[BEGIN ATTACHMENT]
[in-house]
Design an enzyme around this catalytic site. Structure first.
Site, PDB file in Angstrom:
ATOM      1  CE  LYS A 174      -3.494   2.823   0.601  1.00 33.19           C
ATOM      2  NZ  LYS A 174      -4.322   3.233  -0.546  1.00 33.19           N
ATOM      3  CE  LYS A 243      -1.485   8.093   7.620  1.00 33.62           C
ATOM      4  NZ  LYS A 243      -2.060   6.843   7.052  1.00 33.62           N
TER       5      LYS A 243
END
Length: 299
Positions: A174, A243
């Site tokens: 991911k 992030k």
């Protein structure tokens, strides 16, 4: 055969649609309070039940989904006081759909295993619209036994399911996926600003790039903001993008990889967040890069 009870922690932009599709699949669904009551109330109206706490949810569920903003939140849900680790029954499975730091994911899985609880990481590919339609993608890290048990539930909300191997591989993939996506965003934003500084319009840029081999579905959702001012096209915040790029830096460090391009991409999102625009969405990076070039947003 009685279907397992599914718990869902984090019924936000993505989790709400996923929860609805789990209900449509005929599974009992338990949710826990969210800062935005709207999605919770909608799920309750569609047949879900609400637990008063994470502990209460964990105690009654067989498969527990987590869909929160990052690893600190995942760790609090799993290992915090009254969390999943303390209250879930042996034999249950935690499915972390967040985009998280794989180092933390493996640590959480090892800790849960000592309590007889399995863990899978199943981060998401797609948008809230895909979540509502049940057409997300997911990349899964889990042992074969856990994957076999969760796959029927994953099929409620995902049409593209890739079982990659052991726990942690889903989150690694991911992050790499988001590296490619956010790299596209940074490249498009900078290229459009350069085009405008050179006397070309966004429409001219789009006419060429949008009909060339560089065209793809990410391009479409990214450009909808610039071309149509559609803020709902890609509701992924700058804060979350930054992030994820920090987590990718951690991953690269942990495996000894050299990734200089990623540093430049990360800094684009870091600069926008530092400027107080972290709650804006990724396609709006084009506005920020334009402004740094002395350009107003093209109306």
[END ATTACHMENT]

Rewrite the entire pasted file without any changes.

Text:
[in-house]
Design an enzyme around this catalytic site. Structure first.
Site, PDB file in Angstrom:
ATOM      1  CE  LYS A 174      -3.494   2.823   0.601  1.00 33.19           C
ATOM      2  NZ  LYS A 174      -4.322   3.233  -0.546  1.00 33.19           N
ATOM      3  CE  LYS A 243      -1.485   8.093   7.620  1.00 33.62           C
ATOM      4  NZ  LYS A 243      -2.060   6.843   7.052  1.00 33.62           N
TER       5      LYS A 243
END
Length: 299
Positions: A174, A243
């Site tokens: 991911k 992030k």
């Protein structure tokens, strides 16, 4: 055969649609309070039940989904006081759909295993619209036994399911996926600003790039903001993008990889967040890069 009870922690932009599709699949669904009551109330109206706490949810569920903003939140849900680790029954499975730091994911899985609880990481590919339609993608890290048990539930909300191997591989993939996506965003934003500084319009840029081999579905959702001012096209915040790029830096460090391009991409999102625009969405990076070039947003 009685279907397992599914718990869902984090019924936000993505989790709400996923929860609805789990209900449509005929599974009992338990949710826990969210800062935005709207999605919770909608799920309750569609047949879900609400637990008063994470502990209460964990105690009654067989498969527990987590869909929160990052690893600190995942760790609090799993290992915090009254969390999943303390209250879930042996034999249950935690499915972390967040985009998280794989180092933390493996640590959480090892800790849960000592309590007889399995863990899978199943981060998401797609948008809230895909979540509502049940057409997300997911990349899964889990042992074969856990994957076999969760796959029927994953099929409620995902049409593209890739079982990659052991726990942690889903989150690694991911992050790499988001590296490619956010790299596209940074490249498009900078290229459009350069085009405008050179006397070309966004429409001219789009006419060429949008009909060339560089065209793809990410391009479409990214450009909808610039071309149509559609803020709902890609509701992924700058804060979350930054992030994820920090987590990718951690991953690269942990495996000894050299990734200089990623540093430049990360800094684009870091600069926008530092400027107080972290709650804006990724396609709006084009506005920020334009402004740094002395350009107003093209109306």